Etiquette Tips and Local Laws in Guinea

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Traveling to Guinea in West Africa? Find out about dress codes, etiquette and local laws and customs before you go.

A man riding a bike on a dirt road in Kindia, Guinea, West Africa Photo © Getty Images/Maarten Van De Biezen / EyeEm

Carry identification at all times

In the Republic of Guinea, citizens and travelers are required to carry original identity documents at all times. Police or other law enforcement agencies can request to see identification at any time. Carry your identification discreetly, and keep it out of sight at all times while traveling around.

Religion in Guinea

Islam is the majority religion of Guinea. Approximately 85% of the population is Muslim, 8% Christian and 7% follow traditional African animist beliefs. There is a small Baha'i community. A small number of Hindus, Buddhists and Traditional Chinese religious practitioners are found in the expatriate community.

Dress modestly when you travel around Guinea. Women should cover their arms and legs, and pack a headscarf in case you are required to wear one. Men should be aware it's not common for locals to wear shorts, and should pack a long pair of lightweight trousers.

Here are a few other etiquette tips for travelers in Guinea:

  • Greetings are very important to Guineans, and it is rude to ask a question or make a request without first asking about the person's health and wellbeing of their family
  • These questions are formulaic and may be repeated several times. Following the questions and responses, a firm handshake or, among the upper class, a brief kiss on the cheek
  • It is impolite to use the left hand in any social interaction, whether to shake hands, point, pay, or hand an item to someone.

Importing and exporting laws in Guinea

Guinea has strict currency import and export regulations. To avoid inconvenience and embarrassment, visitors should study the regulations in detail before entering or leaving the country.

Guinea's rather quaint import and export regulations are strictly enforced. On arrival, visitors are entitled to bring in 1000 cigarettes or 250 cigars or 1000 grams of tobacco, one (opened) bottle of alcoholic beverage and a quantity of perfume arguably for personal use.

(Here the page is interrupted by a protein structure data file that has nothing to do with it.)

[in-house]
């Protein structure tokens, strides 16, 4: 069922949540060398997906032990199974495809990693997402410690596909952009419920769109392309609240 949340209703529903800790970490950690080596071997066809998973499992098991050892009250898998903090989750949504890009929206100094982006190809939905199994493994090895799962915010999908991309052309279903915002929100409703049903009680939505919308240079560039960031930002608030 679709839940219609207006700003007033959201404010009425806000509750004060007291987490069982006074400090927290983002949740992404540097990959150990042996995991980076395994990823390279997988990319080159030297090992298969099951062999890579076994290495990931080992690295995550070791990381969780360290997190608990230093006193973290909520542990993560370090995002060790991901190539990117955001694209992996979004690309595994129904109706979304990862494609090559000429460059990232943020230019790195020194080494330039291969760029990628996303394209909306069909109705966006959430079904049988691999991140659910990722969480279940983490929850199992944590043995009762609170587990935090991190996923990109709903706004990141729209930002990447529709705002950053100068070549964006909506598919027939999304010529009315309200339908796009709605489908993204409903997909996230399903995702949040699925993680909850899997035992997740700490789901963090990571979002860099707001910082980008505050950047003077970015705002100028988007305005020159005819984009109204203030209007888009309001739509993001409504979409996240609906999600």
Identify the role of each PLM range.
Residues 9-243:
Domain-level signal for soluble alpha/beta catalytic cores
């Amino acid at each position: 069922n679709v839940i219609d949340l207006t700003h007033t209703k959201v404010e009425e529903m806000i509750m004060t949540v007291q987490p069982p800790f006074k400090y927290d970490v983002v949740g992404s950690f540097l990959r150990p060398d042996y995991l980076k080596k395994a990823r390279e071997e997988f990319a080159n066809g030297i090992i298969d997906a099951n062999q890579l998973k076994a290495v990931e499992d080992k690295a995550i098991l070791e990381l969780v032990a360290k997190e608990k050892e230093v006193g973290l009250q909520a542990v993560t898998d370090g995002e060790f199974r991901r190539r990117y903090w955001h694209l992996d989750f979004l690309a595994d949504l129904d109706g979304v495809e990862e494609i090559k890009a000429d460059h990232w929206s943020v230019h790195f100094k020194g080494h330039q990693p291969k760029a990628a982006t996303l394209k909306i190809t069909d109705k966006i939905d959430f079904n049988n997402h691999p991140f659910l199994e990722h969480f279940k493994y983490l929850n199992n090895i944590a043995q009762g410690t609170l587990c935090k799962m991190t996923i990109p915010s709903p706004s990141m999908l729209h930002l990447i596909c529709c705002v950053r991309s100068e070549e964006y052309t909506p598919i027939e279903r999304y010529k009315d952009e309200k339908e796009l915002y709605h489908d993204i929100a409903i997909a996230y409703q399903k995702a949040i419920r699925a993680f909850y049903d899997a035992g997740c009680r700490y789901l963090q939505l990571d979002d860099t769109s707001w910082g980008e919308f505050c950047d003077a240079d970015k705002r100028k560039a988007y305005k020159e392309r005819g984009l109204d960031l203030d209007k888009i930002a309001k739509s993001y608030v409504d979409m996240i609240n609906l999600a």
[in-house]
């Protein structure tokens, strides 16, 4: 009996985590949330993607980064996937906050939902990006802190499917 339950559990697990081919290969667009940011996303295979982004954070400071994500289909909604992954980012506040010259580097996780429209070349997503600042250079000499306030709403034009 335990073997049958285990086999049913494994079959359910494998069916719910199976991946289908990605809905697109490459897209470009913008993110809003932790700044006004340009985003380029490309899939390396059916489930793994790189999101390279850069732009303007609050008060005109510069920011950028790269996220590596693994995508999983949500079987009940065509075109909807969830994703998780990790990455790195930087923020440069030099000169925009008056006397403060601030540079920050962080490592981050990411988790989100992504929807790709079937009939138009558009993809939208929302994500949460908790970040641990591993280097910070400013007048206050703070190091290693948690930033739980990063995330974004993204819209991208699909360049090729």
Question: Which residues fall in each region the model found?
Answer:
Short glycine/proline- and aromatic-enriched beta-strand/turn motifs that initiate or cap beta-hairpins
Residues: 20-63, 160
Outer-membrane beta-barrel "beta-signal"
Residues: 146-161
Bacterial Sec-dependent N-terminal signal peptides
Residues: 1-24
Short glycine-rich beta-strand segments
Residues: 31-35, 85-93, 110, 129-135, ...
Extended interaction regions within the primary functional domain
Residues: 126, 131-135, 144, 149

On departure, they are prohibited from taking weapons and firearms, explosives, radioactive materials, plants and animals, food, obscene literature or religious literature.6

Throughout sub-Saharan Africa, trading scams involving diamonds, gold export and gold certification are common. In Guinea, a license is required to export precious gems. Penalties are heavy for those involved in attempted gem smuggling.

Is Guinea safe for LGBTQ+ travelers?

In most of Sub-Saharan Africa, homosexuality is a taboo subject, rarely discussed and in some countries, illegal. Homosexuality is illegal in Guinea, and there are no discrimination laws in place. To be on the safe side, keep public displays of affection to a minimum to avoid any unwanted attention.

Drug laws in Guinea

In 2008 the regional representative of the UN Office on Drugs and Crime said, "Guinea has become a major drug-trafficking hub, and the trade there is now potentially more dangerous than in Guinea-Bissau."

An official from the Guinean government's anti-narcotics bureau (OCAD) said, "Corruption at the highest levels of the military and police and a lack of personnel and equipment are impeding OCAD's ability to crack down on drug trafficking."

Despite a concerted drive to stamp out corruption and illegal drugs, much of the corruption remains in Guinea.

Anyone found carrying or using illicit drugs faces stiff penalties, including imprisonment.

Local laws to know before you go

In any case, all foreigners in Guinea are subject to local laws.

  • Photographing or filming military establishments and government buildings is prohibited
  • Criminal offenses, including attempted gem smuggling can lead to imprisonment
  • Serious offenses, such as murder and armed robbery, may attract the death penalty
  • Living conditions in Guinea's overcrowded prisons are unhygienic with no washing facilities and no medical care. Food and water is strictly rationed. The legal process is slow and pre-trial detention can last for months
  • Exchanging foreign currency on the street or using unofficial money changers is illegal. Anyone caught – even when trifling amounts of money were involved – will be arrested and detained in military custody.

Australia does not have an Embassy or Consulate in Guinea to protect Australian travelers. The Canadian Embassy in Dakar, Senegal, can provide consular assistance to Australians. US and UK citizens have consulates in Conarky, the capital of Guinea.

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